Thursday, January 6
The body had been exposed to the elements for at least two or three days. And before last night's heavy rain had washed them away, the tracks of dozens of paws and claws must have crisscrossed the clearing.
It was shaping up to be a long, cold winter, and the animals were hungry.
Deputy Alex Mayse shivered as he picked his way gingerly past the town's single forensics "expert," a young doctor who'd been elected coroner because nobody else had wanted the job. The doctor was crawling around the clearing on his hands and knees, his nose inches from the wet ground as he found and flagged the scattered bones and other bits the animals had left.
"You don't have to hum to yourself, Doc," Alex muttered sourly. "We all know how happy you are."
Remaining in his crouched position, Dr. Peter Shepherd said cheerfully, "If a murdered teenager made me happy, Alex, I'd be worse than a ghoul. I'm just fascinated by the puzzle, that's all."
Waiting patiently just a few steps behind the doctor, camera in hand as he waited to take pictures of each flagged spot, Deputy Brady Shaw rolled his eyes at Alex.
Alex grimaced in sympathy, but all he said to Shepherd was, "Yeah, yeah. Just find something helpful this time, will you?"
"Do my best," the doctor replied, studying what appeared to be a bleached twig.
Alex walked to the area where most of the body had been found, noticing with a certain amount of sympathy that Sandy Lynch was over behind a tree puking her guts out. She was having a lousy introduction to the job, poor kid. Not that the old hands were handling it any better, really. Carl Tierney had had the misfortune to find Adam Ramsay's mortal remains, and the ten-year veteran of the Sheriff's Department had promptly lost his morning Egg McMuffin.
Alex himself had suffered through a few teeth-grittingly queasy moments during the last couple of hours.
In fact, the only member of the Cox County Sheriff's Department who had shown no signs of being sickened by the gory sight was the sheriff.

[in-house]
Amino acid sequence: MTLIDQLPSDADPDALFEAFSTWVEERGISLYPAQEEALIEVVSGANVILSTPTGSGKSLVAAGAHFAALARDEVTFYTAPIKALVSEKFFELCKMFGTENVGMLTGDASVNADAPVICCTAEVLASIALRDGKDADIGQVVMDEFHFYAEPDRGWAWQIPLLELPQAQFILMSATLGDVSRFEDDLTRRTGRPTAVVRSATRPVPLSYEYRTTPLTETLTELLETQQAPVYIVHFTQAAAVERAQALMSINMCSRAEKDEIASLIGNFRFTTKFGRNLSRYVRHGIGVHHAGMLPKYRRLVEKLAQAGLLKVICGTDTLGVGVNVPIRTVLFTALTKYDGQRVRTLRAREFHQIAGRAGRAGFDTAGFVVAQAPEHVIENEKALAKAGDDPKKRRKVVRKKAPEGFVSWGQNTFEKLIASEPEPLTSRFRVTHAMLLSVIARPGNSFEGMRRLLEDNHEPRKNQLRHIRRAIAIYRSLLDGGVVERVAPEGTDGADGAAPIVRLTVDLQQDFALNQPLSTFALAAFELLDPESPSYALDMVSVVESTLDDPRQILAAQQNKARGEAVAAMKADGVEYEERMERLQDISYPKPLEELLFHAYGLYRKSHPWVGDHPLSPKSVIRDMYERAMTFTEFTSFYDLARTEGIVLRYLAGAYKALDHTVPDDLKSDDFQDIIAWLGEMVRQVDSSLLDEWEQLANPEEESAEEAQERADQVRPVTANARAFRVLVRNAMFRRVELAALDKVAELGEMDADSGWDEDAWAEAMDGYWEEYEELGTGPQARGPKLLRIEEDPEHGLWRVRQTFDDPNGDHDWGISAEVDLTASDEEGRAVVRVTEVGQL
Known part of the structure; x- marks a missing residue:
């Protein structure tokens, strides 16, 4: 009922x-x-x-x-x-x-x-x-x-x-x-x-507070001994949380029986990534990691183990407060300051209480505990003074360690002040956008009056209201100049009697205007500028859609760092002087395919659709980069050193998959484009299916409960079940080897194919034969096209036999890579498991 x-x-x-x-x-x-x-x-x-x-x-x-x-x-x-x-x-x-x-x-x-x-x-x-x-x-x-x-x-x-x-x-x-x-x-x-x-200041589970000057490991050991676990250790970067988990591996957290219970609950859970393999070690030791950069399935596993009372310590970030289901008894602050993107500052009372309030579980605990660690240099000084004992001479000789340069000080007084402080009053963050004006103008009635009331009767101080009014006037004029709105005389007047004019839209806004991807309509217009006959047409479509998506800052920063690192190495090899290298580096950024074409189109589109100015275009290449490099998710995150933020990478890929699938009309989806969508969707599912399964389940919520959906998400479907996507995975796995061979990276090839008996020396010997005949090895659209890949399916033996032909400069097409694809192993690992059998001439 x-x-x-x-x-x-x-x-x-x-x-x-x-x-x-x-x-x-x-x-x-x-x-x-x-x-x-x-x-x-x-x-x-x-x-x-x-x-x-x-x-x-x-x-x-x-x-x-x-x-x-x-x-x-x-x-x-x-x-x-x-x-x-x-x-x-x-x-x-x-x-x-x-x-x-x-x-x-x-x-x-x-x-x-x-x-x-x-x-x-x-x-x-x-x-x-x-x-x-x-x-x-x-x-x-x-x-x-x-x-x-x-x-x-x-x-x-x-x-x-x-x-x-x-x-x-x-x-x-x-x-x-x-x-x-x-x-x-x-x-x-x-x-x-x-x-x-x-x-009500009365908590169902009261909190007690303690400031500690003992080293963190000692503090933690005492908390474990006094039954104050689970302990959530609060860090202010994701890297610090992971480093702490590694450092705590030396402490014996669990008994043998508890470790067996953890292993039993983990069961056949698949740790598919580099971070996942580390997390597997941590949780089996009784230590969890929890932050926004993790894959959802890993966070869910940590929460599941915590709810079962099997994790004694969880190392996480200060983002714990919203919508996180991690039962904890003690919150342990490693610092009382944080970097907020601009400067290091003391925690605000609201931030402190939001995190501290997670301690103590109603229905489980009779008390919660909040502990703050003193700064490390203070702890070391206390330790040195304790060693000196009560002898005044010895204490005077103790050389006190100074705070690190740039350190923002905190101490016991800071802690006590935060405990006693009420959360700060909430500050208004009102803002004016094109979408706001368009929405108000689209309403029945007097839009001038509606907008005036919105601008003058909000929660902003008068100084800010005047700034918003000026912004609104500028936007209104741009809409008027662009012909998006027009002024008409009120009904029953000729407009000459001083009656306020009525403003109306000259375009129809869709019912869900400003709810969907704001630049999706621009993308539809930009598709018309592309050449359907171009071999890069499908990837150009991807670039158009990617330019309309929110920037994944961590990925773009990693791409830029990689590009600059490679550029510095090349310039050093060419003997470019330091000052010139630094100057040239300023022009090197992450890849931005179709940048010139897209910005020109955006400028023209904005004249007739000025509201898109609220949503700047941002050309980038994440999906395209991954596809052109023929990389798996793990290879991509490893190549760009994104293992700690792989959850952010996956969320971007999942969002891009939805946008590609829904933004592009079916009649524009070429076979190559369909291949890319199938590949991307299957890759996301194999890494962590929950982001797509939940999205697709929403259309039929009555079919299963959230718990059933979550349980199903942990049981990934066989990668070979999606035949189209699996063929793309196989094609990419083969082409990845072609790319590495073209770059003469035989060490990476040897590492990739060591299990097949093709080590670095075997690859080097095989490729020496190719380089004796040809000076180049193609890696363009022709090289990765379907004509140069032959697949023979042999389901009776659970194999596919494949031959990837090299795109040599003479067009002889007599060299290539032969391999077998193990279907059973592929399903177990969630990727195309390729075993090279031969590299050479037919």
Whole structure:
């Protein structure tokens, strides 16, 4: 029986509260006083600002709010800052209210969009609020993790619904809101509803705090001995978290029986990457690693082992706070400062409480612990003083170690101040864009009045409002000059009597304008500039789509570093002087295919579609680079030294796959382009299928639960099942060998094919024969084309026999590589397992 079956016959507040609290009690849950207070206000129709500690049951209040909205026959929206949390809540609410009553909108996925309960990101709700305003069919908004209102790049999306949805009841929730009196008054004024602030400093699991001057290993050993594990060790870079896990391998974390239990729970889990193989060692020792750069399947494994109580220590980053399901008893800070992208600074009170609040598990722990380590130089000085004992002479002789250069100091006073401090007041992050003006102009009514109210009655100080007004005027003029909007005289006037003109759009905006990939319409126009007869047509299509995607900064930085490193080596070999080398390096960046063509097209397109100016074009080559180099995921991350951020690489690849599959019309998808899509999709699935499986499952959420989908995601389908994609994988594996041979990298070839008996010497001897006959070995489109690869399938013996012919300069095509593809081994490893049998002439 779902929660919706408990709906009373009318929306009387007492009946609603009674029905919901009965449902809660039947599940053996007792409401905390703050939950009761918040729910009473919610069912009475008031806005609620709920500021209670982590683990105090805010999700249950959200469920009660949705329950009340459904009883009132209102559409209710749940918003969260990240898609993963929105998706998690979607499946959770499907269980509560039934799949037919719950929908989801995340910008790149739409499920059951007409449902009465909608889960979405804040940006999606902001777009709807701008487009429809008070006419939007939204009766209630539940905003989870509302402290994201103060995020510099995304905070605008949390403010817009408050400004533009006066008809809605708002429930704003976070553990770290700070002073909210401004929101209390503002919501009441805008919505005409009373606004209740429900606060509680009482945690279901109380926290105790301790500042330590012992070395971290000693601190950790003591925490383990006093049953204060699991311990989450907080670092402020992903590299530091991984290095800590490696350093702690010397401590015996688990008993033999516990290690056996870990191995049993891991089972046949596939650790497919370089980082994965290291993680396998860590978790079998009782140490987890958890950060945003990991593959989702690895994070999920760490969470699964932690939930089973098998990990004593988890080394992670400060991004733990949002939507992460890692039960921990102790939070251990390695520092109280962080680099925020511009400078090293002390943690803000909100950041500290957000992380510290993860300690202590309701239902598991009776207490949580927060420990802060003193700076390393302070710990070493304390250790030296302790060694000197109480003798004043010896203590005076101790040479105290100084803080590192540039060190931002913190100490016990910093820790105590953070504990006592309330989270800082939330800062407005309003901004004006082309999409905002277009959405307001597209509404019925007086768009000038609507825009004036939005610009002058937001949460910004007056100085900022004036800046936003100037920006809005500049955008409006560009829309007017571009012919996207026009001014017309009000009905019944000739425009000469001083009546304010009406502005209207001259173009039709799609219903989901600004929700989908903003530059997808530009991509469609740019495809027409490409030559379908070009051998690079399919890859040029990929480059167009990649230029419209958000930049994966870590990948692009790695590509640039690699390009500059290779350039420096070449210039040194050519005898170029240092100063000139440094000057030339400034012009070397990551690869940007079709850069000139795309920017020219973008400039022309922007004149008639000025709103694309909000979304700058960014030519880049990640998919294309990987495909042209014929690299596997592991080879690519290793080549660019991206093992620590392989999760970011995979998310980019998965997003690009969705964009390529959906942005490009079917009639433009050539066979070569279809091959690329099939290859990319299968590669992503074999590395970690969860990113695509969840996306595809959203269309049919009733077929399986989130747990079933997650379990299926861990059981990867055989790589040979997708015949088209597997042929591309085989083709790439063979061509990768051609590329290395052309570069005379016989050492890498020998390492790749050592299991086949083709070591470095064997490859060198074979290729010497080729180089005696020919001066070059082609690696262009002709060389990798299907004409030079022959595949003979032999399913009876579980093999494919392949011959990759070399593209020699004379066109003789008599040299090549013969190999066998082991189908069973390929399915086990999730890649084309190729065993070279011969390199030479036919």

There was an irony there somewhere, Alex thought as he joined the sheriff, who was hunkered down several feet from what was left of Adam Ramsay, elbows on knees and fingers steepled. In its entire history, the small town of Gladstone had seldom been troubled by murder. A long line of sheriffs had grown old in their jobs, dealing with petty crime and little else of consequence, needing no more police training than how to to load a gun, which would in all likelihood never be fired except at targets or the occasional unlucky rabbit. It was a local saying that all the Cox County sheriff had to be good at was filling out the Santa suit for the annual Christmas parade down Main Street.
Until last year, anyway. The town finally elected a sheriff with an actual law degree and a minor in criminology--and what happened? Damned if they didn't start having real crimes.
But they were blessed in that this particular sheriff had very quickly displayed an almost uncanny ability to get to the bottom of things with a minimum of time wasted.
At least until recently.
"This makes two," Alex said, judging that the silence had gone on long enough.
"Same killer, d'you think?"
Startling blue eyes slanted him a look. "Hard to tell from the bones."
Alex started to reply that there was a bit of rotting flesh here and there, but kept his mouth shut. There was little remaining on the skeleton of Adam Ramsay, that was true enough, and what was there didn't immediately offer up any evidence as to who had killed him and how. Impossible to tell if the boy's body had borne the same bruises and cuts as they had found on Kerry Ingram. Still, it was a fair guess that two bodies turning up in less than a month had to be connected in some way.